Re: [tied] Lucifer

From: Gerry
Message: 19750
Date: 2003-03-13

Thanks Piotr. Any evidence that Lucifer was also connected to the
evening star (which is usually considered to be brighter than the
morning one).


--- In, Piotr Gasiorowski
<piotr.gasiorowski@...> wrote:
> It's no secret:
> <satan> comes from Hebrew s'a:t.a:n 'adversary, accuser', borrowed
into New Testament Greek and thence into the Latin of the Vulgate
> <lu:ci-fer> is Latin for 'light-bearing' (hence 'the morning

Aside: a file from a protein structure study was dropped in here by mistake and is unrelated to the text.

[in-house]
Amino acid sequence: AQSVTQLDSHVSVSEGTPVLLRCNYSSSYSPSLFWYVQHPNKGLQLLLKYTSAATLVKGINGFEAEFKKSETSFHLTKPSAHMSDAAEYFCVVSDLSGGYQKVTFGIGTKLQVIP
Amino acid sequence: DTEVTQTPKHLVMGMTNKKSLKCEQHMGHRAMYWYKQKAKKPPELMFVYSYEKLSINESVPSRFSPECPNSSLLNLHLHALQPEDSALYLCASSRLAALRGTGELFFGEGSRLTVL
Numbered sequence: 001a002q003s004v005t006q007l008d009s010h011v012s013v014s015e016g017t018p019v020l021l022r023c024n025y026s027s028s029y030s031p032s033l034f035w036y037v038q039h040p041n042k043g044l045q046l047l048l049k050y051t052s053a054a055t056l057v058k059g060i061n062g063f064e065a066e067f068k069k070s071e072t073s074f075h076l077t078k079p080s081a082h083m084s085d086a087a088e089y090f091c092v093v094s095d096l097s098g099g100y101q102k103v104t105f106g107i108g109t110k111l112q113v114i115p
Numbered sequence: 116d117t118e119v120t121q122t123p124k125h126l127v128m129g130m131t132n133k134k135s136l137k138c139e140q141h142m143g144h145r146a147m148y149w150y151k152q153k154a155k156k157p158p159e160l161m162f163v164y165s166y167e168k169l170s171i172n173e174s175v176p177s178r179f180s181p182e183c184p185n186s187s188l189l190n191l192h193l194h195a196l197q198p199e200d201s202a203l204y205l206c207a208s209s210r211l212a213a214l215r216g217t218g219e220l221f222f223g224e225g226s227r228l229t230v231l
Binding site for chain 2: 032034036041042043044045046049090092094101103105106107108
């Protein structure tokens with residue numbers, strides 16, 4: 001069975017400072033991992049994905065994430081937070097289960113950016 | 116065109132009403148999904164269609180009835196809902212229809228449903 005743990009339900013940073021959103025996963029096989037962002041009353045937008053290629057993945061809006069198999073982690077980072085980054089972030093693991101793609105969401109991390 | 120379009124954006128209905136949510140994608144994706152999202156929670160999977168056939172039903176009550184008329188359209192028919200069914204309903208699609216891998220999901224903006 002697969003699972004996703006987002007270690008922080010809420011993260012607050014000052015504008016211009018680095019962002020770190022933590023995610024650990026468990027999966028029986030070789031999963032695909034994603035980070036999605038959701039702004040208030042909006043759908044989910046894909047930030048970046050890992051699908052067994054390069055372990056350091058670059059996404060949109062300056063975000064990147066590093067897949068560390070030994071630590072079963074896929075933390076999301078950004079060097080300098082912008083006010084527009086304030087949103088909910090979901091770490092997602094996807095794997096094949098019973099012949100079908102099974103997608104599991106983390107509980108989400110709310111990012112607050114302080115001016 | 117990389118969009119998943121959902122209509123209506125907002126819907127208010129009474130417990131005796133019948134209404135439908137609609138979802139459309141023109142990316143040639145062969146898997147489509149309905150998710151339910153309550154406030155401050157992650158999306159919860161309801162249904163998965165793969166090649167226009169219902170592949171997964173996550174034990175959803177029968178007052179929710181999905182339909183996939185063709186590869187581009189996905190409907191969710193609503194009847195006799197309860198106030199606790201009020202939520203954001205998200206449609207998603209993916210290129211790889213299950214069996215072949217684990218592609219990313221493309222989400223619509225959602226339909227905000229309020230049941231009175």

star'), translating Gk. pHo:spHoros. It came to be associated with
the fallen angel apparently on the basis of Isaiah 14: "[12] How art
thou fallen from heaven, O Lucifer, son of the morning! how art thou
cut down to the ground, which didst weaken the nations!", etc.
> <devil> is from Old English de:ofol, borrowed from Lat. diabolus,
itself from Gk. dia-bolos, a noun derived from the verb dia-
ballo: 'throw across' (figuratively > 'slander, traduce'), a loan-
translation of <s'a:t.a:n>.
> Piotr
> ----- Original Message -----
> From: "Gerry" <waluk@...>
> To: <>
> Sent: Wednesday, March 12, 2003 8:39 PM
> Subject: [tied] Lucifer
> > Does anyone know the etymology for the term "satan" or devil or
> > Lucifer?